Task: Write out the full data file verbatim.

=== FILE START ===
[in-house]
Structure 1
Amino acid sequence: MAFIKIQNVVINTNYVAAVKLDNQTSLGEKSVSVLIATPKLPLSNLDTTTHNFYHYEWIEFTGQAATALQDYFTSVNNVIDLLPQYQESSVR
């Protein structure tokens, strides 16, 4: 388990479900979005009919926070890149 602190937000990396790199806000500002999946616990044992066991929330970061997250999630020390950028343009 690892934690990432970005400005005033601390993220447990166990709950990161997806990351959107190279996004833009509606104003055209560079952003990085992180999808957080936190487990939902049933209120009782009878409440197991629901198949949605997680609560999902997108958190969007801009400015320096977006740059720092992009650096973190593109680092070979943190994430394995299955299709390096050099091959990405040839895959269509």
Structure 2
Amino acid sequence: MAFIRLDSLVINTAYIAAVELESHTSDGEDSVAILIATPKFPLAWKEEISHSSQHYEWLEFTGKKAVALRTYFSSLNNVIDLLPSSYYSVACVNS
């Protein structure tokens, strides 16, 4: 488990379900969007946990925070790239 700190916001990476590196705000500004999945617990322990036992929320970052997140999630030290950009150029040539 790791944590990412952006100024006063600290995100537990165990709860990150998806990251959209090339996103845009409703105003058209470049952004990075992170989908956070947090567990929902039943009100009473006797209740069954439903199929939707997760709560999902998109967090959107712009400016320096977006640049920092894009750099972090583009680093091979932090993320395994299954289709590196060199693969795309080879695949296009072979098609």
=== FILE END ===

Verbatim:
[in-house]
Structure 1
Amino acid sequence: MAFIKIQNVVINTNYVAAVKLDNQTSLGEKSVSVLIATPKLPLSNLDTTTHNFYHYEWIEFTGQAATALQDYFTSVNNVIDLLPQYQESSVR
């Protein structure tokens, strides 16, 4: 388990479900979005009919926070890149 602190937000990396790199806000500002999946616990044992066991929330970061997250999630020390950028343009 690892934690990432970005400005005033601390993220447990166990709950990161997806990351959107190279996004833009509606104003055209560079952003990085992180999808957080936190487990939902049933209120009782009878409440197991629901198949949605997680609560999902997108958190969007801009400015320096977006740059720092992009650096973190593109680092070979943190994430394995299955299709390096050099091959990405040839895959269509």
Structure 2
Amino acid sequence: MAFIRLDSLVINTAYIAAVELESHTSDGEDSVAILIATPKFPLAWKEEISHSSQHYEWLEFTGKKAVALRTYFSSLNNVIDLLPSSYYSVACVNS
């Protein structure tokens, strides 16, 4: 488990379900969007946990925070790239 700190916001990476590196705000500004999945617990322990036992929320970052997140999630030290950009150029040539 790791944590990412952006100024006063600290995100537990165990709860990150998806990251959209090339996103845009409703105003058209470049952004990075992170989908956070947090567990929902039943009100009473006797209740069954439903199929939707997760709560999902998109967090959107712009400016320096977006640049920092894009750099972090583009680093091979932090993320395994299954289709590196060199693969795309080879695949296009072979098609």